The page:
By now, most of you reading this have figured out that there is no particular rhythm to what I post. Sometimes I'll update you on the nuances of my life, other times I'll post something that is silly and fun, but most of the time, I use this as a personal journal to keep tabs on my own thoughts...how very egotistical of me. This entry (and maybe a couple of others in the future) fall into the last category.
I'm gonna write about racism...I've addressed this topic in a lot of my personal writing and poetry but I tend not to share my thoughts too extensively because I think I possess a sometimes harsh, almost militant opinion about the state of racism in this country. But then again, if you are reading this at all you know me well enough to know that I can be quite contentious, ballsy, and incorrigible when pushed. As my friend NG likes to say, "I've never seen Bo get anger but I already know I wouldn't want to be on the receiving end of that wrath." Damn, I wouldn't want to be on the receiving end of my anger!
So, what sparked this sudden need to pontificate on the state of racism? Yesterday, around 3am, a 28 year old, actress/playwrite from Brooklyn was shot and killed in what apparently was an unsuccessful mugging. The incident occurred on Ludlow St. in the LES. According to newspaper reports, two young men approached the victim and her fiance shortly after they left the bar Max Fish and asked for their money. When the fiance refused and pushed his way through the two young men, he was pistlewhipped by one of them. The young woman, NOT a native New Yorker, rather then turning over her money and running away (isn't that what you would have done if someone pistlewhipped your fiance and asked for your money?) proceeded to taunt the two assailants and said "What are you going to do, shoot us next?" (This was her fiance's account of the events.) One of the assailants then proceeded to shoot the woman. The bullet entered her body about two inches from her heart. She died soon after.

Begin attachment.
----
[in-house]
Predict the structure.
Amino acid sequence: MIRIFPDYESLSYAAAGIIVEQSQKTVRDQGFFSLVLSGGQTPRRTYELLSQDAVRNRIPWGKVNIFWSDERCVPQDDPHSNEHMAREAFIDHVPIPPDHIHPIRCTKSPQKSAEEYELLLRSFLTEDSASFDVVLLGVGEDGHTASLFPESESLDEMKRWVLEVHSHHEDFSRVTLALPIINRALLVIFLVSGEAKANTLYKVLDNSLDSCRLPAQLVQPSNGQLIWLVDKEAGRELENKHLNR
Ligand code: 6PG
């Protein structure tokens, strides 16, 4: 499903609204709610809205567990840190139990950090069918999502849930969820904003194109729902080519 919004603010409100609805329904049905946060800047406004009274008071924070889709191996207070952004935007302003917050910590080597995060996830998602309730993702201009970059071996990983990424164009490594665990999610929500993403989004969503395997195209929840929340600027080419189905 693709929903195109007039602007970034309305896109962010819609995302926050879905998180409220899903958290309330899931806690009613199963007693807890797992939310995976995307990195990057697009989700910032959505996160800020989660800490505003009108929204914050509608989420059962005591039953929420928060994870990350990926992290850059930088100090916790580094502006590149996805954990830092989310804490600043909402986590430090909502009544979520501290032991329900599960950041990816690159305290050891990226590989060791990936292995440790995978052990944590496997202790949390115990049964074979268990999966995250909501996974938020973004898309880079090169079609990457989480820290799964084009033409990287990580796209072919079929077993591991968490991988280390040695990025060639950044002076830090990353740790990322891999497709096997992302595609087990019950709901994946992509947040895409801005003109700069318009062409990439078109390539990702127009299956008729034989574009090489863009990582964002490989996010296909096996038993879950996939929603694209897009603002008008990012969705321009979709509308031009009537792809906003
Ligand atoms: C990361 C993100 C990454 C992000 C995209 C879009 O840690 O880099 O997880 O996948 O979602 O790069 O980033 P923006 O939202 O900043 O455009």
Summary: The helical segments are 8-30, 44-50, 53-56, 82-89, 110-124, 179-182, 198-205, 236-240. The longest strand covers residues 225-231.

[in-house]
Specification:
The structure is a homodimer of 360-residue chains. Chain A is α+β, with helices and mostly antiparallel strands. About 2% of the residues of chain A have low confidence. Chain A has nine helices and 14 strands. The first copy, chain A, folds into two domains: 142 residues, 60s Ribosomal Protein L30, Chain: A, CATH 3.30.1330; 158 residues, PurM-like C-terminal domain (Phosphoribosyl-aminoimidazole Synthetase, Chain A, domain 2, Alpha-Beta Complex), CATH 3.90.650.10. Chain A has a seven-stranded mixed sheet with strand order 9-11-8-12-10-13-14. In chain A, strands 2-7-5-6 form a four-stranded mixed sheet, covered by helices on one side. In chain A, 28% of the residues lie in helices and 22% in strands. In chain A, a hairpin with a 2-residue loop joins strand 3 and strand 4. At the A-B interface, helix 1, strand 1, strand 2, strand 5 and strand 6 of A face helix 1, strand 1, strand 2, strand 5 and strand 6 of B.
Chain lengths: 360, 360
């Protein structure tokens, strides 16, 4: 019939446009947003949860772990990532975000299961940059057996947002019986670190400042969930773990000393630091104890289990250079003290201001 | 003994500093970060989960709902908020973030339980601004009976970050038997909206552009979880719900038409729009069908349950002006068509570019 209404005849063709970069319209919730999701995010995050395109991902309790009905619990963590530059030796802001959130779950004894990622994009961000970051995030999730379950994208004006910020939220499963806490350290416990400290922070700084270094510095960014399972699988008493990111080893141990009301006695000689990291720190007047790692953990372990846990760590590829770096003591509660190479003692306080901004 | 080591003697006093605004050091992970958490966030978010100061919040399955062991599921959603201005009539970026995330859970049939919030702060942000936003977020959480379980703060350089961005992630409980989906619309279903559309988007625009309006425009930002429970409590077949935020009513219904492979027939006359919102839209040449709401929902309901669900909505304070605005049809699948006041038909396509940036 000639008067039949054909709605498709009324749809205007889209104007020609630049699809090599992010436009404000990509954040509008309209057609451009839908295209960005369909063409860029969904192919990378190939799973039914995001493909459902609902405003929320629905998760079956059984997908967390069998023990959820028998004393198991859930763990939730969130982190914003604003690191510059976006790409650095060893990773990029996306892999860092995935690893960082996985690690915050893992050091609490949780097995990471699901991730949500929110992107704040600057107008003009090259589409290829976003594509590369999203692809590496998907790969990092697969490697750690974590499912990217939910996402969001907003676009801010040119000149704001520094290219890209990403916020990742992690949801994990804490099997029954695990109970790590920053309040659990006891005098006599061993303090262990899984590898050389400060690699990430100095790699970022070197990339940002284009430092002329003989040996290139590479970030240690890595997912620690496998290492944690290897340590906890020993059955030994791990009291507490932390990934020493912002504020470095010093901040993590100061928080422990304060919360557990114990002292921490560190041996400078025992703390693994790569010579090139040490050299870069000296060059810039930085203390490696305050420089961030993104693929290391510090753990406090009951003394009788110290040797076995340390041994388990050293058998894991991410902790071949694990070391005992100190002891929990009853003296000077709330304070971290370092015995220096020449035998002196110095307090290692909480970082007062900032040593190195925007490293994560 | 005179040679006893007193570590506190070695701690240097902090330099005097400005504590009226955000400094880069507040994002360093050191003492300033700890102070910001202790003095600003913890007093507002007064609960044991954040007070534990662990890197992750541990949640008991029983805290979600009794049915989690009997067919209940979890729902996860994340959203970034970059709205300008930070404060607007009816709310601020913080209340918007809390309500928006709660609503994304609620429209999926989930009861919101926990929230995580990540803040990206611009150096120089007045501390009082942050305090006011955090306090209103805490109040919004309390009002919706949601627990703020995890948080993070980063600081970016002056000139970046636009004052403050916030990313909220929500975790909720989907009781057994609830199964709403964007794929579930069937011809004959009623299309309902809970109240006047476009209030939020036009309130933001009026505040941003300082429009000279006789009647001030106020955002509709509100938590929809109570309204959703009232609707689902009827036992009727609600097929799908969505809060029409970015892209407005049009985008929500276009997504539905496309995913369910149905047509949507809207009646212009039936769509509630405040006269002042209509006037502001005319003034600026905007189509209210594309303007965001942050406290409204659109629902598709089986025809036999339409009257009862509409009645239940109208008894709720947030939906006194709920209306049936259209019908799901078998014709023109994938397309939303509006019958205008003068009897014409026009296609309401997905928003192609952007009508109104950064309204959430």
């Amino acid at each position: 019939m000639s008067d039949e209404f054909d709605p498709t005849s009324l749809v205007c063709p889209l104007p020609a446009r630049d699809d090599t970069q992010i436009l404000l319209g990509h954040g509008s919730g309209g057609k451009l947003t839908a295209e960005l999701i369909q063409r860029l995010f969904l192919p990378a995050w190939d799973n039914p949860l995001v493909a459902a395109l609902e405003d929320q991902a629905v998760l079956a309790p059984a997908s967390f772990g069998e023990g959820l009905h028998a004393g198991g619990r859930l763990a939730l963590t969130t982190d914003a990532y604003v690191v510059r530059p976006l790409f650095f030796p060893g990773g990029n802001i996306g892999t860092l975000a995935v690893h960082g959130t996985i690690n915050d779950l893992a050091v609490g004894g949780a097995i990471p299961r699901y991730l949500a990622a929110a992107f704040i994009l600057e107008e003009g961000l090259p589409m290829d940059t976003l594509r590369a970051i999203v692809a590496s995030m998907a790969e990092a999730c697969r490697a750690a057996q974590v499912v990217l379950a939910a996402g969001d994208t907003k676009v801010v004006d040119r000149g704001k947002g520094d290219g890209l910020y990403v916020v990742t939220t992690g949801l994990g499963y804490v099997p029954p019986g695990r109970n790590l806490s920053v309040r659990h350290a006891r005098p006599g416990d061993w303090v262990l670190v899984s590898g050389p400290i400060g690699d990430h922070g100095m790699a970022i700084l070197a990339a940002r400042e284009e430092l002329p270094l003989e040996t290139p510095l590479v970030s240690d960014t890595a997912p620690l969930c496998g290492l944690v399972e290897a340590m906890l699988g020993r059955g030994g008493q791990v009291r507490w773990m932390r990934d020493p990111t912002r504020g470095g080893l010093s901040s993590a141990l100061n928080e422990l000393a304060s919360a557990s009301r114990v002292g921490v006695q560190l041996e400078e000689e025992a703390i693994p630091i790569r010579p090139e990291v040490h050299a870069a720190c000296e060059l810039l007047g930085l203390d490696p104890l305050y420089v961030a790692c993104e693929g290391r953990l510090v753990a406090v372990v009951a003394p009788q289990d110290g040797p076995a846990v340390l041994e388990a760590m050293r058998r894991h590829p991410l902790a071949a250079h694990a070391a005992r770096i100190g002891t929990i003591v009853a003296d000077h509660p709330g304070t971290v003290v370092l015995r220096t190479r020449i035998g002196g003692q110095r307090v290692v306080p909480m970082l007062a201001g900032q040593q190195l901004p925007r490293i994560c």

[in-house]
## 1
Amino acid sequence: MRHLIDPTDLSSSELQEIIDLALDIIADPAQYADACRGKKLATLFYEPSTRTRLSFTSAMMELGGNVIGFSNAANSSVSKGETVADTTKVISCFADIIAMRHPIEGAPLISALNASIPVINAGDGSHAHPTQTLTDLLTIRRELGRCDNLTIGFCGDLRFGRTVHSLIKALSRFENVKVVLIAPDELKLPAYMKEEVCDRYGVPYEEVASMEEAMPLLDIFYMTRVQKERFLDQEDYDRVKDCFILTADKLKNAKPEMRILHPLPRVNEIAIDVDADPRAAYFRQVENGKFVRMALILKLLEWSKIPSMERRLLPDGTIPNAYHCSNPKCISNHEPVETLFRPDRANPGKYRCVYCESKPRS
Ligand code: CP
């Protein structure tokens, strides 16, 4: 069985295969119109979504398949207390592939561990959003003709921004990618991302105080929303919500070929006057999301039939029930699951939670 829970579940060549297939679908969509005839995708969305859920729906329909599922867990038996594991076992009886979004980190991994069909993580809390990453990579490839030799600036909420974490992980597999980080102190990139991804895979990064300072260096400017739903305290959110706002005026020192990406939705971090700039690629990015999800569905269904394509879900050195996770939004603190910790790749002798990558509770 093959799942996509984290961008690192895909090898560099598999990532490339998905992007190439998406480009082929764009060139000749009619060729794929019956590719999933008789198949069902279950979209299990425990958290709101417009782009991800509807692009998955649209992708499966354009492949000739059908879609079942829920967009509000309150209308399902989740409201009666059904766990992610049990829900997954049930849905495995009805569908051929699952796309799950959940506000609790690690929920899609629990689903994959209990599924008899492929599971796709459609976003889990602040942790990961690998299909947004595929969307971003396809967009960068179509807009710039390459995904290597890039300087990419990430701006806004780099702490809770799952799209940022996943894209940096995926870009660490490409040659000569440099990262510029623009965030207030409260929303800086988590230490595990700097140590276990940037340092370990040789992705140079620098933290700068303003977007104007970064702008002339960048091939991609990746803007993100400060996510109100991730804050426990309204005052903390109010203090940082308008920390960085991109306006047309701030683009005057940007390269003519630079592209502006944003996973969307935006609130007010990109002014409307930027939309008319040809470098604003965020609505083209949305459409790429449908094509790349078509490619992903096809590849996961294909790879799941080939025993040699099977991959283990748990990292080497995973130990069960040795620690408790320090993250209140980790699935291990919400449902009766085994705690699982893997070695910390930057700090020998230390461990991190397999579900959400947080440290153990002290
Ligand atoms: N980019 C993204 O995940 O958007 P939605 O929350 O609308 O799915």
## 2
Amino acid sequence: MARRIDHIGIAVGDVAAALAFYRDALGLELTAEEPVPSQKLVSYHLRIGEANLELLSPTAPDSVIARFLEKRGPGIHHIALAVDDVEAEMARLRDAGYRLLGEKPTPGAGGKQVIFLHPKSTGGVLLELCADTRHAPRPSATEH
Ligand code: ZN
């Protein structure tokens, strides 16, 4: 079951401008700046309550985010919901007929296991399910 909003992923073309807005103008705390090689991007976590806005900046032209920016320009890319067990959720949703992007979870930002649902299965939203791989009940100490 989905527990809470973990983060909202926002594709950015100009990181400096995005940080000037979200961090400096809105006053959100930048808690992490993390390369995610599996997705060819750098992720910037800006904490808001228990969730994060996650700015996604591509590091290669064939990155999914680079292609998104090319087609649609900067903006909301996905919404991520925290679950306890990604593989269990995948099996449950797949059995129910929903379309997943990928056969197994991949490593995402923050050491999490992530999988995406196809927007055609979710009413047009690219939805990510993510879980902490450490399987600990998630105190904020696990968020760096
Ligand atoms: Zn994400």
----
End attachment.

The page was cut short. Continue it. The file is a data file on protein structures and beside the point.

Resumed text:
Now, you're probably wonder how this heinous act of violence could get me so riled up about the state of racism in this country. Well, if you notice, I never once stated the race of either the woman, her fiance, or the two assailants but I bet in the minds of many of you the woman and her fiance were white and the assailants were black. You'd actually be correct. That was the racial composition of the individuals involved. The thing about all of this that is upsetting to me (other than the loss of life) is that this news item was splashed all over last nights 11 o'clock news and again on the front page of nearly every newspaper this morning. It even got its own newsline on the front page of the NY Times website. I understand that violent crime is down in the city and that incidences like this aren't normal occurrences on the LES (well, at least during the past 5 - 7 years) but my hypothesis is that if the victim was not an attractive, white, upper-middle class woman who died in the arms of her white, good-looking, upper-middle class fiances it would have never made the 11 o'clock news, let along the front page of nearly ever newspaper. Dozens of people, most black and Hispanic, died over the past couple of days. Some were violent individuals whose days were numbered but many were innocent bystanders. Why aren't their stories on the front page of the Daily News? Several homeless people died over the past several days, frozen to death by the arctic temperatures we have been experiencing here in the city. There stories, at least to me, are far more tragic then this one woman's. Those homeless men lived lives of complete destitution and their lives ended in the worst possible way - cold, hungry, and alone. If anything, up until the moment that the poor woman died, her life was relatively happy and healthy. She was loved by a good man, they had a happy home, her career was moderately successful, and her childhood in Key West, FL seemed tranquil.